Enjoy this post by Victoria Popoola, one of our Special Collections Freshman Fellows for the 2022-2023 academic year! 

Image of annotation in De romana republicaHello! My name is Victoria Popoola, and I am studying Mechanical Engineering at the Whiting School of Engineering. This year, as a Freshman Fellow, I wanted to combine my love for Latin and Roman culture with my ambitions as an engineer. I found the perfect way to do this was to explore untranslated works in Latin on aqueducts in the Sheridan Libraries.

So far, I have been focusing on marginalia and annotations in the relevant works my mentor (Mack Zalin) and I have found in special collections. Although some of these works have been translated before, the likelihood of additions to the books (maps, annotations, dimensioned drawings, etc.) also having been translated is slim. Below is a note made in Latin by a former owner of JHU’s 1707 edition of De romana republica (About the Roman Republic) by Pierre Joseph Cantel. In this note, a former owner compares Pierre Joseph Cantel’s work to Daniel Georg Morhof‘s Polyhistor (a work he had previously read) and compliments Pierre Joseph Cantel on how detailed and well-written his work is.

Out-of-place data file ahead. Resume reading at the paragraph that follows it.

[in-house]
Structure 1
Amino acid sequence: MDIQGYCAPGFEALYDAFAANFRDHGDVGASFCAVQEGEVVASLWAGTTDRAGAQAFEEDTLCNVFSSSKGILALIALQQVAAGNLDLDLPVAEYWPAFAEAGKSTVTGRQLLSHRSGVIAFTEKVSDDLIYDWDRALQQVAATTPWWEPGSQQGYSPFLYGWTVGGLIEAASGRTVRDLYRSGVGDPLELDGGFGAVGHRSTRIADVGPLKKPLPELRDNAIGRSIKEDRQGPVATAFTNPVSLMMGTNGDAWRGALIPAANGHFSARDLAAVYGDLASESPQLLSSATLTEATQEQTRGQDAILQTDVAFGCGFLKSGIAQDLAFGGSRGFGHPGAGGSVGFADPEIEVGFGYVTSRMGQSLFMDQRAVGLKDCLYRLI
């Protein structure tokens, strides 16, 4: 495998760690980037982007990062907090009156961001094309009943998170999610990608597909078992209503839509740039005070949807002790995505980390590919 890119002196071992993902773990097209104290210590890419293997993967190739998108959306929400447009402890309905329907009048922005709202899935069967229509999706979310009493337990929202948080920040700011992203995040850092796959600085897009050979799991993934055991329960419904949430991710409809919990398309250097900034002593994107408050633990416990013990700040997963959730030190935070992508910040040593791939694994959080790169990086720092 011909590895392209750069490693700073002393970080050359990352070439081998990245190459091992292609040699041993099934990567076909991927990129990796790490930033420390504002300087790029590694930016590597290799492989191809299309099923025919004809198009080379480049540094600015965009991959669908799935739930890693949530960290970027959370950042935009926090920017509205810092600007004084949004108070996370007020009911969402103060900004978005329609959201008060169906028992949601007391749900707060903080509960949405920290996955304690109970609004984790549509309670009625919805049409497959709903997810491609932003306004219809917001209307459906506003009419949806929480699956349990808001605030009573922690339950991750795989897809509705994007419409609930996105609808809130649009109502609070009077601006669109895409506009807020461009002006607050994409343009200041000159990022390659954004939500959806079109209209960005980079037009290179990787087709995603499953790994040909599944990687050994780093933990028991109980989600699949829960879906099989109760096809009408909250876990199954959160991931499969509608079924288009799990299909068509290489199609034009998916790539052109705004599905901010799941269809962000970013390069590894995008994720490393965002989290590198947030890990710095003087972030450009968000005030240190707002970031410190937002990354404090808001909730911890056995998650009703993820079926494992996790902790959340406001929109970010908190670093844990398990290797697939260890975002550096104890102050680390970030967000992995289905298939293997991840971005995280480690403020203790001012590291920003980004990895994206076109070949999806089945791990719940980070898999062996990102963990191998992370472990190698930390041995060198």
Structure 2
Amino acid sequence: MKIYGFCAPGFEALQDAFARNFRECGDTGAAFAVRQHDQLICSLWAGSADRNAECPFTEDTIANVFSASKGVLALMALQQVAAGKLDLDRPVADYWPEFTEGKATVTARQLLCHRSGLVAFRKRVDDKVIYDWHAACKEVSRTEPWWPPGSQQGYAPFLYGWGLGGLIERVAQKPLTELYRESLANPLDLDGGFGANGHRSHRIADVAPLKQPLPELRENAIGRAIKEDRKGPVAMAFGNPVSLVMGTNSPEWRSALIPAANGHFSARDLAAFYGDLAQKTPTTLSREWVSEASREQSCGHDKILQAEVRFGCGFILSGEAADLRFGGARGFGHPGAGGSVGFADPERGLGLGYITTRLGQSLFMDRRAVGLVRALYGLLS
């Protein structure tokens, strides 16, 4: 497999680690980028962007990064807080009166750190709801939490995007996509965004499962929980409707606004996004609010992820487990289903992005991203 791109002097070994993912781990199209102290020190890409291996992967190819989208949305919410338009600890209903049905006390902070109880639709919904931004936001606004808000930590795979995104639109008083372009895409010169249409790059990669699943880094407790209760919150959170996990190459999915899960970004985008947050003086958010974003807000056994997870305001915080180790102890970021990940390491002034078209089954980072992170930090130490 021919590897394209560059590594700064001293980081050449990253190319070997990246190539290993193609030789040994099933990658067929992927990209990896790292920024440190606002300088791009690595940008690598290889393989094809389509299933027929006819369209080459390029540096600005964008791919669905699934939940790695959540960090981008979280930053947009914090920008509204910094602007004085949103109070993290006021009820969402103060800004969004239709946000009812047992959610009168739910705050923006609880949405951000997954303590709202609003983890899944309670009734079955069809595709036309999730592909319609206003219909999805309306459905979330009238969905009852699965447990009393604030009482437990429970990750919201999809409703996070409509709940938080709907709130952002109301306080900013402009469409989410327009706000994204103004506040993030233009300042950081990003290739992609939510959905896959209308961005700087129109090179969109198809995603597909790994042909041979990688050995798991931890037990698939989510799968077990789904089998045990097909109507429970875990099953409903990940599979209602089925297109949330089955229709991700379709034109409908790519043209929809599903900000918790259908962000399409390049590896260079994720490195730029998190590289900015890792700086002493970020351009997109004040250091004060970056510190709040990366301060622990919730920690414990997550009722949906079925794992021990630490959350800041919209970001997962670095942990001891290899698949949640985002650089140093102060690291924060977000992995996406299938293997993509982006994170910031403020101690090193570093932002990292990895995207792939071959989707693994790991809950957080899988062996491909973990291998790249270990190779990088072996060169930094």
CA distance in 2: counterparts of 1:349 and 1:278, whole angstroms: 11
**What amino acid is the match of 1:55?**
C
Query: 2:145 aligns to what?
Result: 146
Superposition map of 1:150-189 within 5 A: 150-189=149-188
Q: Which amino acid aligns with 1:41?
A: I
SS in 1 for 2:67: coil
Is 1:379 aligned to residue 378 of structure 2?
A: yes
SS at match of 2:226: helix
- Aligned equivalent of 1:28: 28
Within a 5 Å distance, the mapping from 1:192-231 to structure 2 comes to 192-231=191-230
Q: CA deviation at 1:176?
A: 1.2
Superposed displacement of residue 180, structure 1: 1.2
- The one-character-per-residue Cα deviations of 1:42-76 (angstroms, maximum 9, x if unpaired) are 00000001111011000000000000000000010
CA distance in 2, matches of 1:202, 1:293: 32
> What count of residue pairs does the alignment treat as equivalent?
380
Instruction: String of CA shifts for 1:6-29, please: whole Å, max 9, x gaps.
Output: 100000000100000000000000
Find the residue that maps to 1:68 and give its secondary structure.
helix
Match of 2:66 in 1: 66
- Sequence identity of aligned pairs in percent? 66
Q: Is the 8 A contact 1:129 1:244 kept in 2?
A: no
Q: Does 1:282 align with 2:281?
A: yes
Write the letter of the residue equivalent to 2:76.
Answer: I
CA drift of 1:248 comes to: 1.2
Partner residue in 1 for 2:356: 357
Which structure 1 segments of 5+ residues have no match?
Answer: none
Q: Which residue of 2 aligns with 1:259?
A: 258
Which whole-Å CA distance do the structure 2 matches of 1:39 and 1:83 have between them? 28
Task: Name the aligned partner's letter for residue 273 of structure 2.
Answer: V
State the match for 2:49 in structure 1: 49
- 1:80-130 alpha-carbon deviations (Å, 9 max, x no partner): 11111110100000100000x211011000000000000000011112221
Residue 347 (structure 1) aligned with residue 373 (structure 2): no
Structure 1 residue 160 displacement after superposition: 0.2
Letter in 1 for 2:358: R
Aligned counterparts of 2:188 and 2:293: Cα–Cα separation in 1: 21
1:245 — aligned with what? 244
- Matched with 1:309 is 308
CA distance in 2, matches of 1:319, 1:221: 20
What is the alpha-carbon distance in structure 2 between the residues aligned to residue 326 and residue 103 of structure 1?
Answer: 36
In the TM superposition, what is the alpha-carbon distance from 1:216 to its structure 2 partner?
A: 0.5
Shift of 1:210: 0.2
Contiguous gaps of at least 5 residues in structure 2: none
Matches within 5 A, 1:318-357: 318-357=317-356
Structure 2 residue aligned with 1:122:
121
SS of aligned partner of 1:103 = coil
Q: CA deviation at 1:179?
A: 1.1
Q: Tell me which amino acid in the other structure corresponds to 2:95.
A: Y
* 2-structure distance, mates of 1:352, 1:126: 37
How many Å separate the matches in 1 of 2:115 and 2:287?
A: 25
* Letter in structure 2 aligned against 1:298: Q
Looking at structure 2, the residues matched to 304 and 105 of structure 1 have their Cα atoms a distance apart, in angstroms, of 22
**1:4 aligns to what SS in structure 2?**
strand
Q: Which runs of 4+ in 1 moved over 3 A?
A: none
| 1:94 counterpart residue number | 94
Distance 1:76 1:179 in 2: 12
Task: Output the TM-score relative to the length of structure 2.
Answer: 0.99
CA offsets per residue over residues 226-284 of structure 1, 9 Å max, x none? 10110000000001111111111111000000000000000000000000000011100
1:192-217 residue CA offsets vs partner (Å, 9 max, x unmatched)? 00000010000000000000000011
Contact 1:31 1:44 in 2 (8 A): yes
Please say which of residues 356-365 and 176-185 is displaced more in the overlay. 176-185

Next, I plan to dive deeper into the contents of the works that we have been looking at, and their relations to my original goal. I am interested both in how the author describes aqueducts and their functions in Roman society, both in-text and through drawings, as well as how other owners have perceived or commented on the piece (although, currently, I am searching for the particular section in Morhof’s Polyhistor¬†that the aforementioned owner was referring to when he made a note about De romana republica).